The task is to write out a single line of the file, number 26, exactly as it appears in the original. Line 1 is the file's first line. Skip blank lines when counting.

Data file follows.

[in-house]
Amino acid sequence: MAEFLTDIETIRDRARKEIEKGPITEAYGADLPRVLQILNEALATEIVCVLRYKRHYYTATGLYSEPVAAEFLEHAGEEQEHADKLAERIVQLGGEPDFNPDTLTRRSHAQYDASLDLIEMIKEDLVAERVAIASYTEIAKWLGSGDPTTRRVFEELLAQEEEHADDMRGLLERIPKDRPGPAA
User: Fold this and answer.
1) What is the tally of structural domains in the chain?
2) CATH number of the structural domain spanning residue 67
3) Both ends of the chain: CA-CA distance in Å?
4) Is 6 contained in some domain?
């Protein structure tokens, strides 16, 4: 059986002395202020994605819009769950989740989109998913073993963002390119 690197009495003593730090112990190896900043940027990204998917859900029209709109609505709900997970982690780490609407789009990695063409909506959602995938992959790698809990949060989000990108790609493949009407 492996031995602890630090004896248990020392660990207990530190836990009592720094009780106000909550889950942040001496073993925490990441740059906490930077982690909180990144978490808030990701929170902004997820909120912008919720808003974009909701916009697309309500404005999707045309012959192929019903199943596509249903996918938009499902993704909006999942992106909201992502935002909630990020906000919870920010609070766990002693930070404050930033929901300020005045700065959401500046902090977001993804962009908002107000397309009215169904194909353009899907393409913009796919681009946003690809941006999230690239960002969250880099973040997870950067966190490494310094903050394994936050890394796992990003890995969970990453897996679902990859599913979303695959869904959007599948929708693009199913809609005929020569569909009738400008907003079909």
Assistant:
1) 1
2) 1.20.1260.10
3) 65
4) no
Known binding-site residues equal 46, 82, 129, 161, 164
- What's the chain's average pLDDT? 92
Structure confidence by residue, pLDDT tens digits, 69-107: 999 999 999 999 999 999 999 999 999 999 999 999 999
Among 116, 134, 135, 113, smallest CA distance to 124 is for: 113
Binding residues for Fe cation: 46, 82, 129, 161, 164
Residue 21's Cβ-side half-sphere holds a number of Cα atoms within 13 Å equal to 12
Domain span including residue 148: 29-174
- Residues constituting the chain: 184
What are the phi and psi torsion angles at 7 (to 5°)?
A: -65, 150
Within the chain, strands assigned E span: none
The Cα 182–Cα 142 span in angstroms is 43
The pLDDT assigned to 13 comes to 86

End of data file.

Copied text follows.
The pLDDT assigned to 13 comes to 86